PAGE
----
FBI Warning of ATM Cash Out Attack Proves True
A Federal Bureau of Investigation (FBI) warning of a Cash Out attack which involves the use of ATMs, proved all too credible. According to multiple news sources, the warning is very likely related to a massive attack on the Cosmos Cooperative Bank in Pune, India. First reported by the website Krebs on Security, the FBI’s August 10 alert to financial institutions, which included few specifics, provided 24-hour notice of the attack.
The Cash Out blitz on Cosmos used cloned payment cards, specifically Visa and RuPay debit card, and involved a coordinated use of ATMs in 28 countries. Early estimates indicate the thieves made off with approximately $13.5 Million in cash and untraceable transfers. In speaking with reporters, Cosmos Bank chairman Milind Kale indicated the initial malware attack originated in Canada and took place between August 11-13. Known as an “unlimited attack,” the tightly coordinated operation conducted upwards of 14,800 illicit transactions. Initial reports indicate the majority of the transactions, some 12,000, took placed across 28 countries with the remainder traced back to India.
Although technical specifics of the robbery are still forthcoming, it appears the thieves breached the payment provider’s network and established a proxy server running parallel to the bank’s server that approved the fraudulent withdrawal requests of cloned cards and disabled fraud controls, such as maximum withdrawal amounts and limits on the number of daily customer transactions.
Why Outsource ATMs are Safe from this Type of Attack
- Outsource ATM operates all terminals in a setting where the ATM is not directly connected to any financial institution’s network. Therefore, there is no way for the ATM to be used to infiltrate a Host Processing system.
- The communication system connects to the Acquiring Processor via multiple encrypted paths using the most current Transport Layer Security protocol [currently TLS 1.2]. This industry-standard protocol allows the server and client to authenticate each other and to negotiate an encryption algorithm and cryptographic keys before data is exchanged.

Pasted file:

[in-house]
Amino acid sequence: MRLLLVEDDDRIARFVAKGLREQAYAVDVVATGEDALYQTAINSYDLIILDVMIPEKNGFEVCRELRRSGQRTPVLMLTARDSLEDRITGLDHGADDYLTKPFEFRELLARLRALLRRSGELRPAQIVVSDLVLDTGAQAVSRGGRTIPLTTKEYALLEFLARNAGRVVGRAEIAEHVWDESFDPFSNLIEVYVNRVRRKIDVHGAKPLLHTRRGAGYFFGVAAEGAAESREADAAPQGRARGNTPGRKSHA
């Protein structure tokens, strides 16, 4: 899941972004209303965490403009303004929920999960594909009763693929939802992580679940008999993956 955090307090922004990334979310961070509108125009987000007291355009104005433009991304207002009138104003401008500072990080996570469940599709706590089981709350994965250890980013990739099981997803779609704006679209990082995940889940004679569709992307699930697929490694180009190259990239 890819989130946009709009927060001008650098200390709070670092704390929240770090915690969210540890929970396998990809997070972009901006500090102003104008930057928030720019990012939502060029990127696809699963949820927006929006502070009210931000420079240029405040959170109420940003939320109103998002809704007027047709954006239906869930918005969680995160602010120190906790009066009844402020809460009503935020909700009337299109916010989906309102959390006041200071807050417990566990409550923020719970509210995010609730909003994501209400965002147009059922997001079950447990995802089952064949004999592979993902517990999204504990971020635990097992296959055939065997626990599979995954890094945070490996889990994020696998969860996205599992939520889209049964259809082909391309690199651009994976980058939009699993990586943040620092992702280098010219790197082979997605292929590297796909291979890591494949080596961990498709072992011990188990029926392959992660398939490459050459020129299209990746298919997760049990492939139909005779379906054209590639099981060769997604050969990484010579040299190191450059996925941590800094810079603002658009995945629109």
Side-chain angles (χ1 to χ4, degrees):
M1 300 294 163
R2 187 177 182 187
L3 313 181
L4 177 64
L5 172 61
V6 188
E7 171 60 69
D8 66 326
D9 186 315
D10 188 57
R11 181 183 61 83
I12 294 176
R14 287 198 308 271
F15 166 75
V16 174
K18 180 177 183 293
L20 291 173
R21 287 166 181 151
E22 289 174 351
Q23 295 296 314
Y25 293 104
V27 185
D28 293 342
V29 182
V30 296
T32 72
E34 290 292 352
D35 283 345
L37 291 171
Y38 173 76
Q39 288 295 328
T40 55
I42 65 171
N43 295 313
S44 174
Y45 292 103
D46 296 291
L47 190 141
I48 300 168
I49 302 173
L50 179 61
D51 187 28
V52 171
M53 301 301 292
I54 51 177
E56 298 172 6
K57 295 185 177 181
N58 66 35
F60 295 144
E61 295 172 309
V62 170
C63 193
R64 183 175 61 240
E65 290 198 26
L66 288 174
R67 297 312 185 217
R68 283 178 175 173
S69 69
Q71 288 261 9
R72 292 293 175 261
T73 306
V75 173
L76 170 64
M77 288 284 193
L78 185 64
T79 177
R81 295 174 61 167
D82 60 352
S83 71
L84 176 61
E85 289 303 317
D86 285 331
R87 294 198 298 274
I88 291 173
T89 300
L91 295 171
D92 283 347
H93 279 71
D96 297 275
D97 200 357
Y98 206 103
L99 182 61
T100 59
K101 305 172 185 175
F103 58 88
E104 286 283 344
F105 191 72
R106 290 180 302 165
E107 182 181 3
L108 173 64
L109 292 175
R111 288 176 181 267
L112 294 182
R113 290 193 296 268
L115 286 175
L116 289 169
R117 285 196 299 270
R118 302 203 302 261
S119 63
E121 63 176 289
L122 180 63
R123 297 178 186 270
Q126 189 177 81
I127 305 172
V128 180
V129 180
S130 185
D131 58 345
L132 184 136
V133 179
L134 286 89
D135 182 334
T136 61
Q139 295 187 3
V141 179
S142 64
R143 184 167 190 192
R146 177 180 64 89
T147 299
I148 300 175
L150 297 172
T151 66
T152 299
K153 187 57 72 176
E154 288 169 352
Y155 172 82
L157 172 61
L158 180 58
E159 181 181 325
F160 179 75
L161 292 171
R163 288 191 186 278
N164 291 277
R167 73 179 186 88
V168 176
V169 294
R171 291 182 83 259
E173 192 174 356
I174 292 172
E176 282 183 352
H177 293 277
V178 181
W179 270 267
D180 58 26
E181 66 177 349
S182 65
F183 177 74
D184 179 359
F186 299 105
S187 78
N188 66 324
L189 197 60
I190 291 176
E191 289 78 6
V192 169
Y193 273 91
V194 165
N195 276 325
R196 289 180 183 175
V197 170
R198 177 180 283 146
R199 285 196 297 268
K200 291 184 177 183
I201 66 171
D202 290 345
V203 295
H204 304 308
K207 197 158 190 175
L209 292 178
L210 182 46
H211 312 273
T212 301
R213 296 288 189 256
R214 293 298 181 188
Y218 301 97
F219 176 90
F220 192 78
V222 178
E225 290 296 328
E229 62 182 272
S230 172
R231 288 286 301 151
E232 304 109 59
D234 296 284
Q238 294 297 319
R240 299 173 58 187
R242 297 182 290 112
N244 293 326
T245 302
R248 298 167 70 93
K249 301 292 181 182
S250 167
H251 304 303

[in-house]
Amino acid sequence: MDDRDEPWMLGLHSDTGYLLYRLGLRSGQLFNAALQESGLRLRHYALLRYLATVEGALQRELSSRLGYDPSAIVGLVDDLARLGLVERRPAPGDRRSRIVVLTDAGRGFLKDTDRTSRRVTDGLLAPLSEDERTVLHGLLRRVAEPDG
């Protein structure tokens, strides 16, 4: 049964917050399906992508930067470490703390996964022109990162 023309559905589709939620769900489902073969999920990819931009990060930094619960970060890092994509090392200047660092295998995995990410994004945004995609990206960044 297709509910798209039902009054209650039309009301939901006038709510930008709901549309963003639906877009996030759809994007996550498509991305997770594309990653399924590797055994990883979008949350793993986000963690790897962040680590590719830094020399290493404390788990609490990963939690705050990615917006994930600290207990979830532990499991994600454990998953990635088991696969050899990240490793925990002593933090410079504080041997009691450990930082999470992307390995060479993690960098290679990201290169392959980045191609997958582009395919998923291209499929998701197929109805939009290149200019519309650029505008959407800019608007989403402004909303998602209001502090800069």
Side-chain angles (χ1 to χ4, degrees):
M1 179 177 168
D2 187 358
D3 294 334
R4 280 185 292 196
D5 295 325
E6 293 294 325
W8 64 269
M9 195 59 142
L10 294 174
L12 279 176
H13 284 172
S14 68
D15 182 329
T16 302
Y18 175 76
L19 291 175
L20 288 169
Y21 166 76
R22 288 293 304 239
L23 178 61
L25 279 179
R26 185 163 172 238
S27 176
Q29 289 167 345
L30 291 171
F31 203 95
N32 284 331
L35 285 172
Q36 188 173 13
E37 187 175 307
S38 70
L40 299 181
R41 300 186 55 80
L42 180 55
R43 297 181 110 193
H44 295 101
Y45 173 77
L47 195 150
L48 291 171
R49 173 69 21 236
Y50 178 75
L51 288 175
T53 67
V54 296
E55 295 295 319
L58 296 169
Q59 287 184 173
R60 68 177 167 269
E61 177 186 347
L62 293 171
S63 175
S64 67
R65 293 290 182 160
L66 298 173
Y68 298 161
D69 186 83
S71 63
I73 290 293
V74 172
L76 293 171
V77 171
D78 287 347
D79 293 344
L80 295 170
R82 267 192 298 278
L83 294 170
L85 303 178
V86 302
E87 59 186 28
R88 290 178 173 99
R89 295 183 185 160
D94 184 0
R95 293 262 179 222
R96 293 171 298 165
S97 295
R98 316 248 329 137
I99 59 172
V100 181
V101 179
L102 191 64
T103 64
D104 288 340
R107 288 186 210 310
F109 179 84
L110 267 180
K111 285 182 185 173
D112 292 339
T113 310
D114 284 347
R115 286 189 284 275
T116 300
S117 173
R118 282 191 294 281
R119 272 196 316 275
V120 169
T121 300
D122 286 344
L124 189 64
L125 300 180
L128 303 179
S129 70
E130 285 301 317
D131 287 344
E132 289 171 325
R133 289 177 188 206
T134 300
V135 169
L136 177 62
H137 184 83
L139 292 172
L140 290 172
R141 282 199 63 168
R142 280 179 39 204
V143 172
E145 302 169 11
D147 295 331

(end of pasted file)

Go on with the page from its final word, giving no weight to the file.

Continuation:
How to Protect Your ATMs from Unlimited Operation Schemes
- The primary focus should be on limiting access to the card authorization platforms by doing the following:
- Implement strong password requirements.
- Separate duties authorized to set/modify account-level thresholds.
- Monitor and audit administrator and business-level access.
- Monitor presence/usage of remote network access and network administrative tools.
- Monitor use of encrypted messaging across all network ports.
- Monitor use of unusual outbound connections.
- Utilize rules-based monitoring and reporting to review authorization patterns on the cardbase. This may uncover fraudulent attempts to identify weaknesses in the card authorization process and potential data compromises. Examples include:
- Card authorizations, more than 100 miles from Primary Zip Code, with no Completed Transaction.
- High volume of Automated Fuel Dispenser Authorizations, with no Completed Transaction.
- High volume of EMV Fallback transactions [approved or declined] at an ATM in 24-hour period.
- Review authorization policy on all EMV Fallback transactions. Greater than 90% of the US ATM base is EMV enabled. While it may be an inconvenience to the consumer, this will stop the criminal from withdrawing cash, while using a counterfeit EMV card.
Whether you are an Outsource ATM client or not, should you need assistance please contact Paul Albright, EVP, Sales & Marketing, by email at PAlbright@OutsourceATM.com or at 832.721.1235. For more tips on protecting your ATMs, visit our Blog.